1. College Students: The permanent income hypothesis can be seen clearly with college students. Despite having low current incomes, they often have high levels of spending because they expect their permanent income to be higher in the future once they graduate and start their careers. They take loans and live a lifestyle that is not aligned with their current income, but with their expected future income.
2. Retirement Planning: The retirement planning strategy of many individuals can also reflect the Permanent Income Hypothesis. Many people save a significant portion of their income during their working years in anticipation of a time where their income will be reduced or non-existent. They are making decisions based on their lifetime or ‘permanent’ income, not just what they earn in a particular year.
3. Ups and Downs in Business Earnings: In the business world, many entrepreneurs may experience years of low income or even loss while their businesses are still growing. However, they continue to invest in their business based on the expectation (or hope) that in the long term, the business will be profitable, and their permanent income will be higher. This expected higher permanent income influences their spending and saving decisions during the period of lower income.
Frequently Asked Questions(FAQ)
What is the Permanent Income Hypothesis?
The Permanent Income Hypothesis is a theory conceived by economist Milton Friedman suggesting that people’s decisions on consumption and saving are driven by their expected lifetime income rather than their current income.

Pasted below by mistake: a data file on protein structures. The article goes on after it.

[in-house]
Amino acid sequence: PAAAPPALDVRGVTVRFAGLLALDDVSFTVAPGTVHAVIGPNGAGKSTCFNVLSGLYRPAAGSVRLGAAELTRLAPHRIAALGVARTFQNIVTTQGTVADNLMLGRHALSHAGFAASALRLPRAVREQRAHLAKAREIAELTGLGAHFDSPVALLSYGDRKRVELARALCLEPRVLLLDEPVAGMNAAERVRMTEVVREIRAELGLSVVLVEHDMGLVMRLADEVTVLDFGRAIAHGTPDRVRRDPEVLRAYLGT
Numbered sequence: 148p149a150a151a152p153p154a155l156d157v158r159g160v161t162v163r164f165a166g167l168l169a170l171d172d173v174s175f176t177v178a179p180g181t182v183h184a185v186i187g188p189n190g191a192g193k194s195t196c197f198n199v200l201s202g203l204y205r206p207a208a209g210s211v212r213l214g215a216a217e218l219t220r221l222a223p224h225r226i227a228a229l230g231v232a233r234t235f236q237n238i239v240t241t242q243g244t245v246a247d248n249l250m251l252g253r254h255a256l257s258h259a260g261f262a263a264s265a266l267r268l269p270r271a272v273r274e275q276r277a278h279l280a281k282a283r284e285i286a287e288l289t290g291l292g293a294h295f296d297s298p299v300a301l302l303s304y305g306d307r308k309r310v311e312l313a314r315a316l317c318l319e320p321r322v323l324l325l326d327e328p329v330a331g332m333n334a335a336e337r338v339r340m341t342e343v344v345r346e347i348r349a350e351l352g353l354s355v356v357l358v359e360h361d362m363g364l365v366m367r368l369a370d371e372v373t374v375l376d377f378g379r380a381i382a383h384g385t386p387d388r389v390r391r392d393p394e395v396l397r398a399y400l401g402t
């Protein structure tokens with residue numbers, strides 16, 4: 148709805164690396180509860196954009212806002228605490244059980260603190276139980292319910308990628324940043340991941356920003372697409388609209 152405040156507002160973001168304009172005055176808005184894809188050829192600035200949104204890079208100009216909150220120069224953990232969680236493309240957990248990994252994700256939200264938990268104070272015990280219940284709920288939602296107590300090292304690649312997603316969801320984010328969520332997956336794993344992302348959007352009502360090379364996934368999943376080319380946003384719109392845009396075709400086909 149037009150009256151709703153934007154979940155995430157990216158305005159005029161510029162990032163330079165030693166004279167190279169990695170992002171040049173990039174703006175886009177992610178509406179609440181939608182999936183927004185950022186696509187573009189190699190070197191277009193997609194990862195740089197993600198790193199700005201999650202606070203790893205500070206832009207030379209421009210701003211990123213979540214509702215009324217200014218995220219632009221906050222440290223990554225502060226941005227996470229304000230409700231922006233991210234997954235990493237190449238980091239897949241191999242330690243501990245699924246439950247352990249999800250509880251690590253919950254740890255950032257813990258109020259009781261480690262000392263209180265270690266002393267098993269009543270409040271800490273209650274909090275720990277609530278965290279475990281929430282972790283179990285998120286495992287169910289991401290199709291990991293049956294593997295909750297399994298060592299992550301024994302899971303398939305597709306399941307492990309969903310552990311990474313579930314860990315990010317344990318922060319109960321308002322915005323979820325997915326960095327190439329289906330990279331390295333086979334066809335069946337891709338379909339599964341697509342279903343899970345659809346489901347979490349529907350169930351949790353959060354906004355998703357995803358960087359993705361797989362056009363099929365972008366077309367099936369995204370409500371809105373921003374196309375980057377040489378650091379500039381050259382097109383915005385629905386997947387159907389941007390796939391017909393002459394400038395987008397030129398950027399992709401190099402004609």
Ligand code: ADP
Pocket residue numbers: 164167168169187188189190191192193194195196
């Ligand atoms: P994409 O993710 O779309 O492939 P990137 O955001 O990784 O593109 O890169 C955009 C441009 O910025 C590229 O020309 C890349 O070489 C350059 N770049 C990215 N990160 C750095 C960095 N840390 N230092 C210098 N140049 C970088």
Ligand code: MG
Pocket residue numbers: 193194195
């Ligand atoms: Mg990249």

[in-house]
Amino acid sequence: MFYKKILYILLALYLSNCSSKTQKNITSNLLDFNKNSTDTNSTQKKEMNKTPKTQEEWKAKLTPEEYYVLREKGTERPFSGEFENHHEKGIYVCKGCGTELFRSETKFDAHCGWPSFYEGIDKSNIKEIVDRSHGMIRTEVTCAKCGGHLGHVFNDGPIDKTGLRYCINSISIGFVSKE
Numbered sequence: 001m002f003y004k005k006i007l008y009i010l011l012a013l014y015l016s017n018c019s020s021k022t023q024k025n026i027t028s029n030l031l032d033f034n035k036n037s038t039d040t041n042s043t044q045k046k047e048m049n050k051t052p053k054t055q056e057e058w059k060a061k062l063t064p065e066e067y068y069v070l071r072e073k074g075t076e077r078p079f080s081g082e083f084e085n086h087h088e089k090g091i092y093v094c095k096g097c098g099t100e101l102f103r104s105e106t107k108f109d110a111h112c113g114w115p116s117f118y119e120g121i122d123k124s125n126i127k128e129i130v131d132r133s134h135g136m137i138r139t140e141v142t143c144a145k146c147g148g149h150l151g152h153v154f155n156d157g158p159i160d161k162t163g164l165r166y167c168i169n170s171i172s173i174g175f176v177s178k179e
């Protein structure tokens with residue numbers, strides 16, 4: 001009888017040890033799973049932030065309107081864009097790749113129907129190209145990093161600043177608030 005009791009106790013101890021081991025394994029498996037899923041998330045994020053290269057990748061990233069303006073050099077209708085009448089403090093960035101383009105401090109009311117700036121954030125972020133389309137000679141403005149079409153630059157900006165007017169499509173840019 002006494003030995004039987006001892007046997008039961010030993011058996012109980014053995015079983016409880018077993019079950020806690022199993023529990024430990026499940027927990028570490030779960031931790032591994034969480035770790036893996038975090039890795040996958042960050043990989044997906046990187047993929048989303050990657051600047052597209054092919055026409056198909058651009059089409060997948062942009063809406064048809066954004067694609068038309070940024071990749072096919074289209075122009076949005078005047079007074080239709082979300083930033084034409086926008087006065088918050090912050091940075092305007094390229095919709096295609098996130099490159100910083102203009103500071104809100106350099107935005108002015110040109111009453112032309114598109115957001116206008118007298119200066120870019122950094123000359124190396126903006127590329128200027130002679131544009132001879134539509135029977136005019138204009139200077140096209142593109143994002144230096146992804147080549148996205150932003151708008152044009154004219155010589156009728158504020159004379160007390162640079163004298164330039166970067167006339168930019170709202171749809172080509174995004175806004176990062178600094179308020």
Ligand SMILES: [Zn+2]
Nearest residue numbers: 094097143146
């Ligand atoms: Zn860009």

Who proposed the Permanent Income Hypothesis?
The Permanent Income Hypothesis was introduced by Nobel-prize winning economist Milton Friedman in 1957.
How does the Permanent Income Hypothesis work?
The theory assumes that individuals make their consumption decisions based on what they perceive to be their permanent income. This includes a long-term average of their income, rather than their current weekly or monthly income, which may fluctuate.
How does the Permanent Income Hypothesis impact consumer behavior?
The Permanent Income Hypothesis explains that consumers will try to smooth their consumption over their lifetime. They will save when income is high, so they can spend when income is low, thereby maintaining a fairly consistent standard of living.
What does the Permanent Income Hypothesis say about savings?
According to this hypothesis, savings don’t necessarily increase with a temporary increase in earnings. This is because people consider their lifetime income rather than current income; therefore, they may not increase savings proportionately with any temporary income boost.
Why is the Permanent Income Hypothesis important in economics?
The Permanent Income Hypothesis plays a crucial role in economics as it helps to understand consumer behaviour, particularly in relation to consumption and saving. This helps economists and policymakers to predict the effects of fiscal policy and understand the drivers behind aggregate demand.
Can the Permanent Income Hypothesis be used for financial planning?
Yes, it can be used as a principle for individual financial planning. It suggests that one should plan their consumption and saving based on their estimated income over their lifetime, rather than their immediate income.
What are the criticisms of the Permanent Income Hypothesis?
Critics argue that the Permanent Income Hypothesis overlooks liquidity constraints and myopic behavior of individuals. Not everyone has access to credit to smooth consumption when income is low, and individuals may not always act rationally or have a perfect foresight of their future income.
Related Finance Terms
- Consumption Smoothing
- Life Cycle Hypothesis
- Marginal Propensity to Consume
- Income Fluctuation
- Expected Future Income